Sons Never Set

Stageworks working better than ever in All My Sons

click to enlarge MISTAKES WERE MADE: Steven Pachosa and - Kevin Whalin as father and son. - PETRUS ANTONIUS
MISTAKES WERE MADE: Steven Pachosa and Kevin Whalin as father and son.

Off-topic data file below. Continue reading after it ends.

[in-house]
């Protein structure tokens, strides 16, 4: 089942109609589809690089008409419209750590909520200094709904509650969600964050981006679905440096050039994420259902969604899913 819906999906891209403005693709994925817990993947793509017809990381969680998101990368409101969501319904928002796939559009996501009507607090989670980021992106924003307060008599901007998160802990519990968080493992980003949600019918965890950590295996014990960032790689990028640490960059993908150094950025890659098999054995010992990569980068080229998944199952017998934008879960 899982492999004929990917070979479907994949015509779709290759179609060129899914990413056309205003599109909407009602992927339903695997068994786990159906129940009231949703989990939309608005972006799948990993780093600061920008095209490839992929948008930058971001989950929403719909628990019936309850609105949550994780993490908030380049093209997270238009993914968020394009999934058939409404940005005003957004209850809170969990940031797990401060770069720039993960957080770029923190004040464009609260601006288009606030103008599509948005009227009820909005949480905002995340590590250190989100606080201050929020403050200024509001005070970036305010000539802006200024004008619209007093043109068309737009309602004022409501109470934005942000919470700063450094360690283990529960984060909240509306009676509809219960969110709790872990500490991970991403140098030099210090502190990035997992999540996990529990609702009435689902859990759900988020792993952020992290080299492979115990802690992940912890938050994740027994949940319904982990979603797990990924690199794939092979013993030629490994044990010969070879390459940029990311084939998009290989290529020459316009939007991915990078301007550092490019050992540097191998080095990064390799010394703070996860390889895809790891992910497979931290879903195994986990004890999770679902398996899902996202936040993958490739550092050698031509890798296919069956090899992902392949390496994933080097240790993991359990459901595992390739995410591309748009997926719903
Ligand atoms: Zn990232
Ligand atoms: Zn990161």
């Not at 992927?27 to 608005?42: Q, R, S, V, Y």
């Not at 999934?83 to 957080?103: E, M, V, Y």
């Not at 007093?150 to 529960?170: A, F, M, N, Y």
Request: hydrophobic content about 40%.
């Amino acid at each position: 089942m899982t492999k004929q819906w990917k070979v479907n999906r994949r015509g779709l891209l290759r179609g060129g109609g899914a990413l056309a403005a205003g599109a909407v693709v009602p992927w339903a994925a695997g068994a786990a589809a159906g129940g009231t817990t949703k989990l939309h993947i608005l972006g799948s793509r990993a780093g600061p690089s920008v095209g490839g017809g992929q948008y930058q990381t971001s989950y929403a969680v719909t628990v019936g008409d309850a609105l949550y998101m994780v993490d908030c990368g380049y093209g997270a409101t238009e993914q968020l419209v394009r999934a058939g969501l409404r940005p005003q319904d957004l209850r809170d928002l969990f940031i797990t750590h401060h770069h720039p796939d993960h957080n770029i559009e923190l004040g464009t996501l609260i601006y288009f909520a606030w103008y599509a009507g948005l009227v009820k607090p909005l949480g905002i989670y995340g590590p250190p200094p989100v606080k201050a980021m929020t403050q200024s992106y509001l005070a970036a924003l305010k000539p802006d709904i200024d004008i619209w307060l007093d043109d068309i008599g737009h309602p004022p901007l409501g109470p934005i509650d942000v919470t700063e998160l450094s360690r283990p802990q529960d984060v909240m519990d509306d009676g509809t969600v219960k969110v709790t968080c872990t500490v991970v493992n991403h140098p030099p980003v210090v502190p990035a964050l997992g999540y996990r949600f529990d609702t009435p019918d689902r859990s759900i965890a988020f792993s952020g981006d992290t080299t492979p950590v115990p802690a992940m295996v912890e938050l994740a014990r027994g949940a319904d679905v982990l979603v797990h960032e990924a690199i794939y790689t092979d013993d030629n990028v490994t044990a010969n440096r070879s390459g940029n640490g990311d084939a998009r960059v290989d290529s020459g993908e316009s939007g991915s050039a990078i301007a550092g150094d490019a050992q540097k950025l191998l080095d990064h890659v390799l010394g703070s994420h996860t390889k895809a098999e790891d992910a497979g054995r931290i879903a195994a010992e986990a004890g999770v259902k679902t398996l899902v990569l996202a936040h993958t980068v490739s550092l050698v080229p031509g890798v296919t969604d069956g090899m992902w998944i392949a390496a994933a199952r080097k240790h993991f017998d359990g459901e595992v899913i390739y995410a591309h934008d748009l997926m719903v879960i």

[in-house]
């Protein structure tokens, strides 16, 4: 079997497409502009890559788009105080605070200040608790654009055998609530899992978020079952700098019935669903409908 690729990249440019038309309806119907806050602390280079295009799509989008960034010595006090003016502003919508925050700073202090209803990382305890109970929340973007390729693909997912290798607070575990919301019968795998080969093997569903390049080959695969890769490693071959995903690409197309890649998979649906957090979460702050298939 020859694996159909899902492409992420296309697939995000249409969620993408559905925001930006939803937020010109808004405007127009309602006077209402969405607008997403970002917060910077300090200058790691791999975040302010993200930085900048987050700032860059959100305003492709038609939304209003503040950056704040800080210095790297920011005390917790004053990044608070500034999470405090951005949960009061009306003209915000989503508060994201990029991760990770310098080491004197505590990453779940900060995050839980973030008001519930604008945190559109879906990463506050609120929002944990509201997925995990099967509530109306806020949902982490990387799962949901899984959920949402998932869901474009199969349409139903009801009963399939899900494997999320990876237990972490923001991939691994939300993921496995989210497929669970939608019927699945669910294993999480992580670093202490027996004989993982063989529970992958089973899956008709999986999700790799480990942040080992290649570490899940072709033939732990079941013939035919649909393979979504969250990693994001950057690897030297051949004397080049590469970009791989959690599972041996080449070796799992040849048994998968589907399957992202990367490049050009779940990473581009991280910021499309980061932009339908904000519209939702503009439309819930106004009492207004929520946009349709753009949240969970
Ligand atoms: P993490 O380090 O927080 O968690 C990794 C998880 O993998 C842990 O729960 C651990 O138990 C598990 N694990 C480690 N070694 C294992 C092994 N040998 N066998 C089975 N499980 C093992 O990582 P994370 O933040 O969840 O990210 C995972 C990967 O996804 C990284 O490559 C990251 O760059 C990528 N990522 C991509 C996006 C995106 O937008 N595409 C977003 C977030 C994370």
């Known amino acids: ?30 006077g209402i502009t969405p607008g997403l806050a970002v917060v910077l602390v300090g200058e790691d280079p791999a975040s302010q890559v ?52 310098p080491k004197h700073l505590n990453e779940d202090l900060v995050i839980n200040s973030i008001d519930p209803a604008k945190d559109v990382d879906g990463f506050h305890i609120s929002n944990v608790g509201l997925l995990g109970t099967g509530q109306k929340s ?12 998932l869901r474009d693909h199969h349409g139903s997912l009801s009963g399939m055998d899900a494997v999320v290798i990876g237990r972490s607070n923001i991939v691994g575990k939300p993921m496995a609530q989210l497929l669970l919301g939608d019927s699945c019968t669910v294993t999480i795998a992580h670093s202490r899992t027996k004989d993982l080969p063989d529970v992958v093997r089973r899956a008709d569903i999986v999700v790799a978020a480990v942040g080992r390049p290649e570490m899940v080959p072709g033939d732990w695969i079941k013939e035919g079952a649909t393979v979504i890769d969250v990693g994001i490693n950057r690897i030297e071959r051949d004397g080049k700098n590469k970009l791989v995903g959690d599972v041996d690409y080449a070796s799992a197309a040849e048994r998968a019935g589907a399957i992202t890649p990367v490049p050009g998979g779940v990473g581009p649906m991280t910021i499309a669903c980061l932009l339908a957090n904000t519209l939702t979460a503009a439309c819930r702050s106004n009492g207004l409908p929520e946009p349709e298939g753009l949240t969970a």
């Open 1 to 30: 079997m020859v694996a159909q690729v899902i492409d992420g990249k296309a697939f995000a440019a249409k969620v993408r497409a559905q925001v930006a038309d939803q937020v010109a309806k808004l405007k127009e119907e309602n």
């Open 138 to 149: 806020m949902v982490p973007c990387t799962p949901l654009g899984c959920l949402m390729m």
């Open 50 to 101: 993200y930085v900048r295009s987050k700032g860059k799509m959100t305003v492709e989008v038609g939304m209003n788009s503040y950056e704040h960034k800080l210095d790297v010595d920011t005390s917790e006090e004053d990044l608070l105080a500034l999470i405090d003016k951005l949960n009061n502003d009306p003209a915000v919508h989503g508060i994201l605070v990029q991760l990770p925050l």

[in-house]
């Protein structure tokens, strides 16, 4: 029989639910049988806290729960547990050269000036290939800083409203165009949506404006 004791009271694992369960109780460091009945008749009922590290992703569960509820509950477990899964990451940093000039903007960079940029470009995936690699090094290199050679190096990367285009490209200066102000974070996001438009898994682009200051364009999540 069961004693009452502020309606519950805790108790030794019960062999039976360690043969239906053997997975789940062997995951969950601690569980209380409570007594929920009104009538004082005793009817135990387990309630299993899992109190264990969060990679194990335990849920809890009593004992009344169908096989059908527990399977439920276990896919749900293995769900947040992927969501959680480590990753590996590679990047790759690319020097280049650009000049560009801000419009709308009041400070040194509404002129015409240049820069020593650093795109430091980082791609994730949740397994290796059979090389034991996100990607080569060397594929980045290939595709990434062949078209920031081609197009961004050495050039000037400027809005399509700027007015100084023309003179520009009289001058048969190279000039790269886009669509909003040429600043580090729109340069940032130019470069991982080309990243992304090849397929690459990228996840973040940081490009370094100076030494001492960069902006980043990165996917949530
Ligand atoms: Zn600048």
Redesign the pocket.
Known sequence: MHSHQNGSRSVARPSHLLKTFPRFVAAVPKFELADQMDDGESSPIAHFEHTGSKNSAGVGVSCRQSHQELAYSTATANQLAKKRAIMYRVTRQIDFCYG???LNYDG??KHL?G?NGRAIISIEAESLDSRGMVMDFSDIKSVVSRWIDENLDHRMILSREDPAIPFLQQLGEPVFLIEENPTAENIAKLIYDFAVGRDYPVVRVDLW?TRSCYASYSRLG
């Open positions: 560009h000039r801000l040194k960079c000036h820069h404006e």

Stageworks is looking good. I mean this literally as well as figuratively. From a purely visual standpoint, Stageworks' plays have never been better served than over the last half-year or so. The key figure here is R.T. Williams, the set designer whose palace facade and abstract rock formations were among the most successful features of last April's Medea. Williams was back in July with the splendidly realistic beach house of Hypoxia Zone, a show as satisfying to look at as any I've ever seen in the Shimberg Playhouse of the Tampa Bay Performing Arts Center. And now, with his set for Arthur Miller's All My Sons, Williams has done it again: this backyard area in an upper-middle-class neighborhood is so attractive and convincing, you'll want to sit at the picnic table, then climb up onto the porch and enter the Keller house through the back door. A set like this gives an incomparable boost to a play's actors, helps us understand them not as isolated figures in a vacuum (a bare or non-specific space) but as particular human beings, shaped in part by their environment, seeing life through the lens of a certain neighborhood experience, a certain class standing. For years I've carped about under-imagined Stageworks sets, but with the advent of Williams as the company's designer, this problem is wonderfully, definitively solved.